The continuation of the saga and the missing parts
19.11.2011 - 03.12.2011 30 °C
So in the last post, I showed a lovely bruise that had been caused by a board-to-face incident and mentioned a video that I'd had problems getting to work. Well, I've decided to revisit the bruise and the video.
Bruise first. After thinking that the initial picture I posted was impressive, I woke up in the days following to find that it had gotten successively worse.
Thankfully, it looks a lot worse than it is, although I am quite glad that I iced it as soon as it happened!
Now onto the video. I'm probably going to get a little technical here, so feel free to stop reading and just amuse yourself with my poor surfing antics.
First up, this is the video in full speed.
A mere 5 seconds of footage, yet there is so much that can be said about this. When trying to catch a wave, there is a mental check list of things to look for or perform. All it takes is one thing to go wrong and what could have been a successful ride can quickly turn bad, as so aptly proved in the video.
Lets take a look in slow motion and see what went wrong and what went right.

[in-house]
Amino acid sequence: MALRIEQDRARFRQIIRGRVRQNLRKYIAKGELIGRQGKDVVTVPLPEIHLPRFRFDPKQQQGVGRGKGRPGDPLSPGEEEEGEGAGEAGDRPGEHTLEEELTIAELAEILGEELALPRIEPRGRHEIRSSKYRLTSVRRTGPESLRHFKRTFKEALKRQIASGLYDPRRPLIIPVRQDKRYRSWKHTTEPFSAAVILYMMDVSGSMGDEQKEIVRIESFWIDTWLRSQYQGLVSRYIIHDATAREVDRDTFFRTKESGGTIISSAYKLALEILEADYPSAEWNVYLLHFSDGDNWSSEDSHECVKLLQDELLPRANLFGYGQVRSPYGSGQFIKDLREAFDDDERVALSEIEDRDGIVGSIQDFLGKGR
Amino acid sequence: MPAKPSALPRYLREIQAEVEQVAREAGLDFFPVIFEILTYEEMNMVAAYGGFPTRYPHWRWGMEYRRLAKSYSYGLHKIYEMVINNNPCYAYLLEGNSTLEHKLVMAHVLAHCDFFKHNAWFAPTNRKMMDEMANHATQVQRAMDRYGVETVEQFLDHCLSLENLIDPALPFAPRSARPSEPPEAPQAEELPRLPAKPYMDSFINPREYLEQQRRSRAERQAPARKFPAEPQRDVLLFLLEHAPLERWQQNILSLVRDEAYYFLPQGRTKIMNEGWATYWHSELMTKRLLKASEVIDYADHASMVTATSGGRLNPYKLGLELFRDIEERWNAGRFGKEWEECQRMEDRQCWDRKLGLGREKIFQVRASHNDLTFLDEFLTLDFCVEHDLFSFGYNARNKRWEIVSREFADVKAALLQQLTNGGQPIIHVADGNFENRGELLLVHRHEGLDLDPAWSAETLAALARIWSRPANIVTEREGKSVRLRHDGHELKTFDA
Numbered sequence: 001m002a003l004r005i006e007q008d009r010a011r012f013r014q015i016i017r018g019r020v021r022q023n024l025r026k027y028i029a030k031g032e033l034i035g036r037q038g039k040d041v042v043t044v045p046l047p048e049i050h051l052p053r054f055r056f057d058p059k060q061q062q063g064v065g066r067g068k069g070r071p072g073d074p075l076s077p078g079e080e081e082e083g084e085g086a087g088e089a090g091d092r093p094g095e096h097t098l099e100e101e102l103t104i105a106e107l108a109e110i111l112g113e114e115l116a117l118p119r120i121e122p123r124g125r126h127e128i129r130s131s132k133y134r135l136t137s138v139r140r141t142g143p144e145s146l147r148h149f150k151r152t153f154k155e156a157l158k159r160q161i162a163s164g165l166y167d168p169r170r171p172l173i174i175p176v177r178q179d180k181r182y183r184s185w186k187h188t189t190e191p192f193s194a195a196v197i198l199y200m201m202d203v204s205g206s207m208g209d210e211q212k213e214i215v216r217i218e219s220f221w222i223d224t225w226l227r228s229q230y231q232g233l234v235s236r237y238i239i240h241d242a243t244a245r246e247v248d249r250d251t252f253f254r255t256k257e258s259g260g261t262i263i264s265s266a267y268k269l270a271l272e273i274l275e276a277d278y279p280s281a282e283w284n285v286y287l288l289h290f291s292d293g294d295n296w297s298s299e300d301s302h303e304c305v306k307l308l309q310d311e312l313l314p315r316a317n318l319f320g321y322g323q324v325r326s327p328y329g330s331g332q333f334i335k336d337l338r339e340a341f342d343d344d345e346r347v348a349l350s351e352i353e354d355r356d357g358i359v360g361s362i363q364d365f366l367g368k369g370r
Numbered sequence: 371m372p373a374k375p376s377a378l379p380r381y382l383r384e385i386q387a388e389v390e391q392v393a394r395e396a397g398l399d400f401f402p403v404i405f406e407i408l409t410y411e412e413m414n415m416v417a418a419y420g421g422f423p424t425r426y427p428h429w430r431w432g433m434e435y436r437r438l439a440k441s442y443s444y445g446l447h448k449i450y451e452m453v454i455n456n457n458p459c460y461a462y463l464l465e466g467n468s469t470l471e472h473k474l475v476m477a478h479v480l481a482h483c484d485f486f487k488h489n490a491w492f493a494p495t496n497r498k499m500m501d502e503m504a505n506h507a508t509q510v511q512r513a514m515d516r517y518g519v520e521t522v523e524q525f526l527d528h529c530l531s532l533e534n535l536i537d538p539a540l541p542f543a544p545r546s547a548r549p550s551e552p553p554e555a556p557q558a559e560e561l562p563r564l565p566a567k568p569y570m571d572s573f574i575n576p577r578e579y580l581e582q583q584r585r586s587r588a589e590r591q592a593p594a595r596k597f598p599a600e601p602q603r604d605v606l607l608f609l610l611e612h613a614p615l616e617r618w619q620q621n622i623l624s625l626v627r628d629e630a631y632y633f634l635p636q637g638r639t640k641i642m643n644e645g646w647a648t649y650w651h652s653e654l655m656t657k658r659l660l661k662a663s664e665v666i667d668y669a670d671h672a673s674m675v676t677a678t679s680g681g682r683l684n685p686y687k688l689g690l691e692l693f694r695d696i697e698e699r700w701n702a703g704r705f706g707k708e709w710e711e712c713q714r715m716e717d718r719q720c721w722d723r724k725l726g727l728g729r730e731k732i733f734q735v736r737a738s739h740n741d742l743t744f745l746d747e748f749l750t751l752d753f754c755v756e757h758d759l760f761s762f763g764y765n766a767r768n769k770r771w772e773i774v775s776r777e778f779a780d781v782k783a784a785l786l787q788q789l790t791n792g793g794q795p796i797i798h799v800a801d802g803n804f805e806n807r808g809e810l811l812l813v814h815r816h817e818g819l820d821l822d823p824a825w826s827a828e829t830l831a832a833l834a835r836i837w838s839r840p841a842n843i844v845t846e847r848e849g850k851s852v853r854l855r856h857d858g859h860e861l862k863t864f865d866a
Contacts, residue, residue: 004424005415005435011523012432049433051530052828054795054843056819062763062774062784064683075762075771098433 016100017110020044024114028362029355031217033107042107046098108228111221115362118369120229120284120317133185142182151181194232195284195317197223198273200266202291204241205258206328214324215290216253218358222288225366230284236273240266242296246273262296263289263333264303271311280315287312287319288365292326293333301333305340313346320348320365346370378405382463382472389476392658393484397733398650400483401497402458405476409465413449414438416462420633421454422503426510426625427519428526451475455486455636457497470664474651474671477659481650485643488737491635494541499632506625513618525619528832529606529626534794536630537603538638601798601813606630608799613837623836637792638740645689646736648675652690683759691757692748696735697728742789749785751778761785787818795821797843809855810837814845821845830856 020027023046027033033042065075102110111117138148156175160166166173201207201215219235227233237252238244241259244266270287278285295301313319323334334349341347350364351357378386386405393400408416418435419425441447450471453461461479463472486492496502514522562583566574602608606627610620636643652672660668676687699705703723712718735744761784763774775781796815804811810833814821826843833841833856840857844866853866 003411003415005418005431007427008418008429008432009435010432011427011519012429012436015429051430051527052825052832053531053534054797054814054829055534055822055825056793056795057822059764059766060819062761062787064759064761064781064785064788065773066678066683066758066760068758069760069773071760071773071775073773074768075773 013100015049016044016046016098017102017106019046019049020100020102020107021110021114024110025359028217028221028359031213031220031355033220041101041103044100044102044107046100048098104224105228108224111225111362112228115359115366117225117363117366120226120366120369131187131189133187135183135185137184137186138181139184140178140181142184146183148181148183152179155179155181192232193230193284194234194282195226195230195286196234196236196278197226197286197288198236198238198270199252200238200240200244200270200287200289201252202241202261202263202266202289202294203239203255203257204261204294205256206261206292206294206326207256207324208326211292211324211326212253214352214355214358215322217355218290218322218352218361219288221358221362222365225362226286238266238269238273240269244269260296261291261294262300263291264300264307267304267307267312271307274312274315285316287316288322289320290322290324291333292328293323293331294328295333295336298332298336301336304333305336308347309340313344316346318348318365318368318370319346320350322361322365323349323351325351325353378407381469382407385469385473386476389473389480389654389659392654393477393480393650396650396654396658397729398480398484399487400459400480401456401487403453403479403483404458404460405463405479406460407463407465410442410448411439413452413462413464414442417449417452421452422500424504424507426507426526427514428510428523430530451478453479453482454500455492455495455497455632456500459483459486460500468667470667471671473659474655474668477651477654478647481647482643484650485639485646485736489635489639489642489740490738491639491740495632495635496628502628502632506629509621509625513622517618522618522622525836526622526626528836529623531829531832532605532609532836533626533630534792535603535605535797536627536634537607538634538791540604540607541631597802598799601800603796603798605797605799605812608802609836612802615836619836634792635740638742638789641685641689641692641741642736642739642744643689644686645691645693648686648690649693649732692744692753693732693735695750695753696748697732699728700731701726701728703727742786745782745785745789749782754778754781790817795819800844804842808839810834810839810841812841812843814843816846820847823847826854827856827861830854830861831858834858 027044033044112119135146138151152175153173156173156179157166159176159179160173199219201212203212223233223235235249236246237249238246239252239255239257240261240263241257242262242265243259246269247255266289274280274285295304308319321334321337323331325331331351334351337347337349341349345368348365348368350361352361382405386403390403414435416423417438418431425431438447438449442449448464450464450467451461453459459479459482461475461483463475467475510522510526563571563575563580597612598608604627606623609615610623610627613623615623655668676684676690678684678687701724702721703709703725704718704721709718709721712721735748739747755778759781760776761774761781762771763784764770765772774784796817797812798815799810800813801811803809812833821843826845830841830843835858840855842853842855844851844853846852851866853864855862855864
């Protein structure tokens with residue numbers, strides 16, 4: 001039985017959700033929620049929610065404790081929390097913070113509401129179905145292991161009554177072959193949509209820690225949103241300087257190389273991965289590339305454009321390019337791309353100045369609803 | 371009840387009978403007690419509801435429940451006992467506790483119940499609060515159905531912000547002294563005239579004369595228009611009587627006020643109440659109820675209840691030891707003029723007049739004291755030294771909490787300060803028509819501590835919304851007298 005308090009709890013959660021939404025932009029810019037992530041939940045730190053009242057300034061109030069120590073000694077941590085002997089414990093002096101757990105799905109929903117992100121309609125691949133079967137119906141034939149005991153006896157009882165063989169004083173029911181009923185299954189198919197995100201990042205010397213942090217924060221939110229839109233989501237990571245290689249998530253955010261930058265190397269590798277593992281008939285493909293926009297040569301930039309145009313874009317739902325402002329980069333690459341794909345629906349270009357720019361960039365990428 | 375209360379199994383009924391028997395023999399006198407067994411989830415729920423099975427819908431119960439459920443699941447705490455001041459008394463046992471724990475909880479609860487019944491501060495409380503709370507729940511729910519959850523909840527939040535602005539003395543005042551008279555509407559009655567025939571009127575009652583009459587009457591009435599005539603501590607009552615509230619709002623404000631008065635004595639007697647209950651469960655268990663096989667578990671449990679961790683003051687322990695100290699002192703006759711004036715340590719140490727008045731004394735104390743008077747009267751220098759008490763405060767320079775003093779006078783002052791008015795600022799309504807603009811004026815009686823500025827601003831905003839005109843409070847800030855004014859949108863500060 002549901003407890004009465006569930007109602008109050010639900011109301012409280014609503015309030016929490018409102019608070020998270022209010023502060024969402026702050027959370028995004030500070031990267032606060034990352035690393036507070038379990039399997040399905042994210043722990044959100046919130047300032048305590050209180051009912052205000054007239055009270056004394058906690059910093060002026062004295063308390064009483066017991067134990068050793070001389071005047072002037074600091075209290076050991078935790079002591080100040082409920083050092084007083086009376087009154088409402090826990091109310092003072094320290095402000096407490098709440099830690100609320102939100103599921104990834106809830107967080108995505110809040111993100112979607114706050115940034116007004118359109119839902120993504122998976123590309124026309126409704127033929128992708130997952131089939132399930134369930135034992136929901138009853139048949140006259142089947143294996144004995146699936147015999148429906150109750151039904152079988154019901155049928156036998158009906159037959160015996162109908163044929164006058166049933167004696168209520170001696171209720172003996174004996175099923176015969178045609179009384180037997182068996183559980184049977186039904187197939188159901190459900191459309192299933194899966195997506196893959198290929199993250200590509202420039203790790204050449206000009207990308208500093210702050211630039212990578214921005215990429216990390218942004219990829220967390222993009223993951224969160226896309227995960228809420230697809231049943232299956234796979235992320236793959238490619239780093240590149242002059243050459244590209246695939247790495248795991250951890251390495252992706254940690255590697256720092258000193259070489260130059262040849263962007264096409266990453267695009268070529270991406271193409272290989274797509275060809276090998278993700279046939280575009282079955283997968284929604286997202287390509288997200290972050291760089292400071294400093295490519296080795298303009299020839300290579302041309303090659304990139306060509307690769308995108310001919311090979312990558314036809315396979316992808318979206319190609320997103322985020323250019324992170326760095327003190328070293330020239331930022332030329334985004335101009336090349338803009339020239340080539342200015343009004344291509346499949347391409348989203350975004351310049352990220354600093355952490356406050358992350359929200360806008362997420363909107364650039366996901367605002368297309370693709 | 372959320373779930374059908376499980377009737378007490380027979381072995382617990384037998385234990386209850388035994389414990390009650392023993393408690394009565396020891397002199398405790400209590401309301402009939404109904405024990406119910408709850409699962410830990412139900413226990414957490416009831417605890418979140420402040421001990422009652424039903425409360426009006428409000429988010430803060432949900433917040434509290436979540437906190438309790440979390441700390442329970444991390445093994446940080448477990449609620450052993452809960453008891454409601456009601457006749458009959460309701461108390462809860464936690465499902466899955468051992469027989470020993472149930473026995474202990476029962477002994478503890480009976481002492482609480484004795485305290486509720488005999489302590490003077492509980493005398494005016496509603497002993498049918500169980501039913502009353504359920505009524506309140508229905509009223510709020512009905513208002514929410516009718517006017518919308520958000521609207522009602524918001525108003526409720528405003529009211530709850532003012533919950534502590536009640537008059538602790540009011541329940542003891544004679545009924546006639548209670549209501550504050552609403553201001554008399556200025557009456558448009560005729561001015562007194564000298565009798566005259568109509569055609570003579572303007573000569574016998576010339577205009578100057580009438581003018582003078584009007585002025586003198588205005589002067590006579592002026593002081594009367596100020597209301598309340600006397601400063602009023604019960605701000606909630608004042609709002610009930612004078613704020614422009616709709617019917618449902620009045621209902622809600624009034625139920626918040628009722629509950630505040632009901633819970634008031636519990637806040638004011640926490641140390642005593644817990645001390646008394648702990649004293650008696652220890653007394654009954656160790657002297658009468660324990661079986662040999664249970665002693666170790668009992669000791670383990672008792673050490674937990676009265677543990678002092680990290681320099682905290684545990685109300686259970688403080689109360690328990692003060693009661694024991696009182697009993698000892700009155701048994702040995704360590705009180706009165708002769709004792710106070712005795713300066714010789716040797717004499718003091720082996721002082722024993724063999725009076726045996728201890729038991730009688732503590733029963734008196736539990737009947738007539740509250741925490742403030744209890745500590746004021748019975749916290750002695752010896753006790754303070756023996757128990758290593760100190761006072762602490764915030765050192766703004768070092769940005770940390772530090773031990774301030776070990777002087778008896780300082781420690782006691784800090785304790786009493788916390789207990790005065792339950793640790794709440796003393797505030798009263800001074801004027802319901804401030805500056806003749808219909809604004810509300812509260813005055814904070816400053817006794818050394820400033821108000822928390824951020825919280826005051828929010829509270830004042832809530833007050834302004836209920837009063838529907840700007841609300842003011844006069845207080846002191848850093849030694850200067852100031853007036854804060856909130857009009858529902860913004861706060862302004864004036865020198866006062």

As we can see, as the wave approaches I'm angled across from it (0:02) so as to catch the face of the wave. If I had been pointed more to my right, I'd have ridden straight down the wave and headed into the beach. At 0:05 my arms come back ready to pop up onto my feet. At this point I'm now riding the wave, letting its power push me. If I hadn't caught the wave, I would still be paddling in order to get my speed up to match that of the wave.
At 0:06 I've pushed up to pop up onto my feet and by 0:08 my front foot is now between my hands. This is the start of the functional stance. Unfortunately, as I've rotated my hips to be aligned with the board, I've put in too much rotation and that has followed through to my shoulders, causing both hands to end up on the same side of the board. This overbalanced me by 0:10.
I still tried to correct this error by shifting my weight to my back foot and carving along the wave. The carve can be seen at 0:11. Notice how far out the water the nose of the board is, signifying that my weight is far back. Also observe the angle of the board as I turn it and the spray thrown up by it, all indicators of a carve.
Sadly, despite my attempted correction, I was unbalanced too much and fell.
It all came down to a slight over rotation, one small thing in a list of possible actions that I performed. The difficulty with surfing is knowing what actions are required for any given wave, and then obviously getting them right. But this does highlight the usefulness of video analysis. Without it, I'd never have known what went wrong here and how to correct it. I've learnt from it and as such, improved my surfing. Yay!
Apologies if this hasn't held everyone's interest. I shan't be going into such detail anymore!